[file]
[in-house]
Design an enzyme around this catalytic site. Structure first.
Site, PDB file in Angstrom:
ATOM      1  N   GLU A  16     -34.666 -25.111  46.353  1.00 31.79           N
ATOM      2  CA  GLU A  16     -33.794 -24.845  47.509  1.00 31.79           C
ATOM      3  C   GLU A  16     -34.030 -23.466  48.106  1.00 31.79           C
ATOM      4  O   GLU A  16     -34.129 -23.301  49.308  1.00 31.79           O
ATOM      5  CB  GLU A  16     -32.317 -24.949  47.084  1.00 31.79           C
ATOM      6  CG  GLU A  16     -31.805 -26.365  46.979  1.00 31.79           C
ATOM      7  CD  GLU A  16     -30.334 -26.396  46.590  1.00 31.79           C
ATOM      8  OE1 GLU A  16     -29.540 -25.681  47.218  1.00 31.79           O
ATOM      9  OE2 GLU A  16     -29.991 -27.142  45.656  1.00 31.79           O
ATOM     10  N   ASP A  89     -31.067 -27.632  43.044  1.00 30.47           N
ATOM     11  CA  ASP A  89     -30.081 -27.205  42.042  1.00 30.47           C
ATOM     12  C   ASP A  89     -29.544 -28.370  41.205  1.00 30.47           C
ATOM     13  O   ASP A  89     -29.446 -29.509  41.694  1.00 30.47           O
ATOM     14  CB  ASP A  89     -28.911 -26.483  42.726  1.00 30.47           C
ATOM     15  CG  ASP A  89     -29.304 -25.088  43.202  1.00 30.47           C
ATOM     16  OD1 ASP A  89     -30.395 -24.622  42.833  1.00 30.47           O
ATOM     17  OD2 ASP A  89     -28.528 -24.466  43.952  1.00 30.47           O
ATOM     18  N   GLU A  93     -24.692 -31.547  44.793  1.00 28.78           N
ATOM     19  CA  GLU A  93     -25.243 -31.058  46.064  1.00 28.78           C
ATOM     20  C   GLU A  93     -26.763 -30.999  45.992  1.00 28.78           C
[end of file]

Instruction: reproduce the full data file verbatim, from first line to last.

[in-house]
Design an enzyme around this catalytic site. Structure first.
Site, PDB file in Angstrom:
ATOM      1  N   GLU A  16     -34.666 -25.111  46.353  1.00 31.79           N
ATOM      2  CA  GLU A  16     -33.794 -24.845  47.509  1.00 31.79           C
ATOM      3  C   GLU A  16     -34.030 -23.466  48.106  1.00 31.79           C
ATOM      4  O   GLU A  16     -34.129 -23.301  49.308  1.00 31.79           O
ATOM      5  CB  GLU A  16     -32.317 -24.949  47.084  1.00 31.79           C
ATOM      6  CG  GLU A  16     -31.805 -26.365  46.979  1.00 31.79           C
ATOM      7  CD  GLU A  16     -30.334 -26.396  46.590  1.00 31.79           C
ATOM      8  OE1 GLU A  16     -29.540 -25.681  47.218  1.00 31.79           O
ATOM      9  OE2 GLU A  16     -29.991 -27.142  45.656  1.00 31.79           O
ATOM     10  N   ASP A  89     -31.067 -27.632  43.044  1.00 30.47           N
ATOM     11  CA  ASP A  89     -30.081 -27.205  42.042  1.00 30.47           C
ATOM     12  C   ASP A  89     -29.544 -28.370  41.205  1.00 30.47           C
ATOM     13  O   ASP A  89     -29.446 -29.509  41.694  1.00 30.47           O
ATOM     14  CB  ASP A  89     -28.911 -26.483  42.726  1.00 30.47           C
ATOM     15  CG  ASP A  89     -29.304 -25.088  43.202  1.00 30.47           C
ATOM     16  OD1 ASP A  89     -30.395 -24.622  42.833  1.00 30.47           O
ATOM     17  OD2 ASP A  89     -28.528 -24.466  43.952  1.00 30.47           O
ATOM     18  N   GLU A  93     -24.692 -31.547  44.793  1.00 28.78           N
ATOM     19  CA  GLU A  93     -25.243 -31.058  46.064  1.00 28.78           C
ATOM     20  C   GLU A  93     -26.763 -30.999  45.992  1.00 28.78           C